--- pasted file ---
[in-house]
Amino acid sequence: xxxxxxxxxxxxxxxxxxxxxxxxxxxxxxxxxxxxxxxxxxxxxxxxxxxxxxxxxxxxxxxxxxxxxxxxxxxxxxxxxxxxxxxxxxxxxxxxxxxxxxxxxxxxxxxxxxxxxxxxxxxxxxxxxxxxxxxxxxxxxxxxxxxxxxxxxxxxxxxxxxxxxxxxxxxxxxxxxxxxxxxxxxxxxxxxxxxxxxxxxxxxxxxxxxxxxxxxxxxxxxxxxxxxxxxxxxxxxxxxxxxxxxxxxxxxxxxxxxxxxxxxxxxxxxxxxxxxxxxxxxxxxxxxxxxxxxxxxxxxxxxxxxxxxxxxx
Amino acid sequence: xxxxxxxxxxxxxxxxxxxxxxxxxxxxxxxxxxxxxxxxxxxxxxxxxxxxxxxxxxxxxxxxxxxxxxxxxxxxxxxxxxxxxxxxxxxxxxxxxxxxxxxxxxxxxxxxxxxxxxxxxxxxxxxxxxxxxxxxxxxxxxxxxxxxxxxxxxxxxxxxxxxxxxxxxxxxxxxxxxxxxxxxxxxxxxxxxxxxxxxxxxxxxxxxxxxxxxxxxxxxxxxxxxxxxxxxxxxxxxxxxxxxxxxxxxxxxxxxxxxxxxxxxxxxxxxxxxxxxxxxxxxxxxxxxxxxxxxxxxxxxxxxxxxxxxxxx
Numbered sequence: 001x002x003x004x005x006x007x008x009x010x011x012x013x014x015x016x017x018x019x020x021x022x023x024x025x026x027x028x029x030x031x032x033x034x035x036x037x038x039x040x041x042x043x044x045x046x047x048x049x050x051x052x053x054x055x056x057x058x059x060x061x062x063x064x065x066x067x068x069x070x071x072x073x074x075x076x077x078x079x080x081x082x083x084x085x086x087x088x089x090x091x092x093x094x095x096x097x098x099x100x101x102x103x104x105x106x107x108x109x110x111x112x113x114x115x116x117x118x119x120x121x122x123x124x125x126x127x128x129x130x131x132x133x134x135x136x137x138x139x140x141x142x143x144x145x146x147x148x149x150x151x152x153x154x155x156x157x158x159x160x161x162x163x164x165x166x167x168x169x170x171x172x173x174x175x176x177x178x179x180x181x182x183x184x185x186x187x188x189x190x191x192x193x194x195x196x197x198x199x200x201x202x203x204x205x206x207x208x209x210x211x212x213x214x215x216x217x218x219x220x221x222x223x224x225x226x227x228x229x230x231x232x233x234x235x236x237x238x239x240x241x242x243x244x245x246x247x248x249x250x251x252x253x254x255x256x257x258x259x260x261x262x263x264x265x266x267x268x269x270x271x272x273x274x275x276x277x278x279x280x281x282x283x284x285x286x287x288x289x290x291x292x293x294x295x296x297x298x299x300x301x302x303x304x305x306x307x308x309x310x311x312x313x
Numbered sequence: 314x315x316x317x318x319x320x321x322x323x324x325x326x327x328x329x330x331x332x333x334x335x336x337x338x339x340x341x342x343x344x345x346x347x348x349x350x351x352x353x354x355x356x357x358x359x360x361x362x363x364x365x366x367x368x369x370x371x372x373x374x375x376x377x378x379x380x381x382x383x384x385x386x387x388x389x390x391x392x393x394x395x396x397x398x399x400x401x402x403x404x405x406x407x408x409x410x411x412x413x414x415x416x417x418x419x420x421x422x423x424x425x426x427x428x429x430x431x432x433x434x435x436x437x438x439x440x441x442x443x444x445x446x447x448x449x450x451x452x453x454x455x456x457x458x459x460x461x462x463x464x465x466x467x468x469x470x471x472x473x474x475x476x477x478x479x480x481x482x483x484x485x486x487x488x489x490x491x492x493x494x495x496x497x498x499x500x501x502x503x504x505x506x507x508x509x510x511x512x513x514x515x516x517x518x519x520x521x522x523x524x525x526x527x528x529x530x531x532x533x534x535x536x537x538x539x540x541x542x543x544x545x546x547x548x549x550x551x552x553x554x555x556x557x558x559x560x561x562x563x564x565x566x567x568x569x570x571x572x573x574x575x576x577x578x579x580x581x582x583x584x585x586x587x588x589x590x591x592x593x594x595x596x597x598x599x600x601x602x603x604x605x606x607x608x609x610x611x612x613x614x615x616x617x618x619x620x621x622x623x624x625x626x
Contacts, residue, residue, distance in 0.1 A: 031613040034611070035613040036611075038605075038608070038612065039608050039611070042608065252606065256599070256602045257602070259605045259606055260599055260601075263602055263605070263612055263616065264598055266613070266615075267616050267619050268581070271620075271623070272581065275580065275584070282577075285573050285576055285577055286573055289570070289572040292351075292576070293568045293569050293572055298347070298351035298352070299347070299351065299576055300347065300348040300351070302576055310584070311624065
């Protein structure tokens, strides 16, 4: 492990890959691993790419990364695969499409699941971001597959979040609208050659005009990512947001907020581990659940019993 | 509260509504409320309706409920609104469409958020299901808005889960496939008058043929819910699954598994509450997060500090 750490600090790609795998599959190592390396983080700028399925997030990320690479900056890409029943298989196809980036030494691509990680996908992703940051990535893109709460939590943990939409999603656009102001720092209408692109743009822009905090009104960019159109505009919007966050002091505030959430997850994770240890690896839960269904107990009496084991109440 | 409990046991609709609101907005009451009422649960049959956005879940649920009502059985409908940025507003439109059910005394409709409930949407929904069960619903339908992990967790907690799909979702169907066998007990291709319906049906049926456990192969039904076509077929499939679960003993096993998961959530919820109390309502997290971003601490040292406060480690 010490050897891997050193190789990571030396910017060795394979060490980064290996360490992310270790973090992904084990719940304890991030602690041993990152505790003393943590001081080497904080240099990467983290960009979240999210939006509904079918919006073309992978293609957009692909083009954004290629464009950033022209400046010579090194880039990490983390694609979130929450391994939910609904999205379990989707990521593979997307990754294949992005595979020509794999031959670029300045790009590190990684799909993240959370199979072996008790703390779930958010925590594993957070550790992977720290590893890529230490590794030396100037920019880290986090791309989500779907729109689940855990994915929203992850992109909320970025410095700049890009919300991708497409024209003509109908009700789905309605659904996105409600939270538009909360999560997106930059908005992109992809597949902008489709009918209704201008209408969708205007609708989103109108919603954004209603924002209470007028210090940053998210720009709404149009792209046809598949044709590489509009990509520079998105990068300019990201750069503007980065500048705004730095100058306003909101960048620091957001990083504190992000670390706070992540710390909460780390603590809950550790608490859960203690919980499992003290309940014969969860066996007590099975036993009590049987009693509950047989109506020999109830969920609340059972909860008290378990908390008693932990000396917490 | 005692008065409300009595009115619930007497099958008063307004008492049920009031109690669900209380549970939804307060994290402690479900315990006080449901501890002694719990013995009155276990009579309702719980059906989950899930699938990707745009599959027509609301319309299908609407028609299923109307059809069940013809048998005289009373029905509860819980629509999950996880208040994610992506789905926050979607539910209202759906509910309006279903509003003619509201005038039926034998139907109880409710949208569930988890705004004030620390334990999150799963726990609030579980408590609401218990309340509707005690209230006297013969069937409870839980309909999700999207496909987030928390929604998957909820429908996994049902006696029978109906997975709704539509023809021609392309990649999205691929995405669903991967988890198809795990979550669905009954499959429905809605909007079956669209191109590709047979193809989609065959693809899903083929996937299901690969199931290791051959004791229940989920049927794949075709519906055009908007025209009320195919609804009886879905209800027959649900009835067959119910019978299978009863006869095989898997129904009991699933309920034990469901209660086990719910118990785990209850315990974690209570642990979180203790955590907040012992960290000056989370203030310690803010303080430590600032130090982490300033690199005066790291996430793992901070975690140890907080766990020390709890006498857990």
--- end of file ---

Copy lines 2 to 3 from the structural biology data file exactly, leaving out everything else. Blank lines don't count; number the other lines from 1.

Amino acid sequence: xxxxxxxxxxxxxxxxxxxxxxxxxxxxxxxxxxxxxxxxxxxxxxxxxxxxxxxxxxxxxxxxxxxxxxxxxxxxxxxxxxxxxxxxxxxxxxxxxxxxxxxxxxxxxxxxxxxxxxxxxxxxxxxxxxxxxxxxxxxxxxxxxxxxxxxxxxxxxxxxxxxxxxxxxxxxxxxxxxxxxxxxxxxxxxxxxxxxxxxxxxxxxxxxxxxxxxxxxxxxxxxxxxxxxxxxxxxxxxxxxxxxxxxxxxxxxxxxxxxxxxxxxxxxxxxxxxxxxxxxxxxxxxxxxxxxxxxxxxxxxxxxxxxxxxxxx
Amino acid sequence: xxxxxxxxxxxxxxxxxxxxxxxxxxxxxxxxxxxxxxxxxxxxxxxxxxxxxxxxxxxxxxxxxxxxxxxxxxxxxxxxxxxxxxxxxxxxxxxxxxxxxxxxxxxxxxxxxxxxxxxxxxxxxxxxxxxxxxxxxxxxxxxxxxxxxxxxxxxxxxxxxxxxxxxxxxxxxxxxxxxxxxxxxxxxxxxxxxxxxxxxxxxxxxxxxxxxxxxxxxxxxxxxxxxxxxxxxxxxxxxxxxxxxxxxxxxxxxxxxxxxxxxxxxxxxxxxxxxxxxxxxxxxxxxxxxxxxxxxxxxxxxxxxxxxxxxxx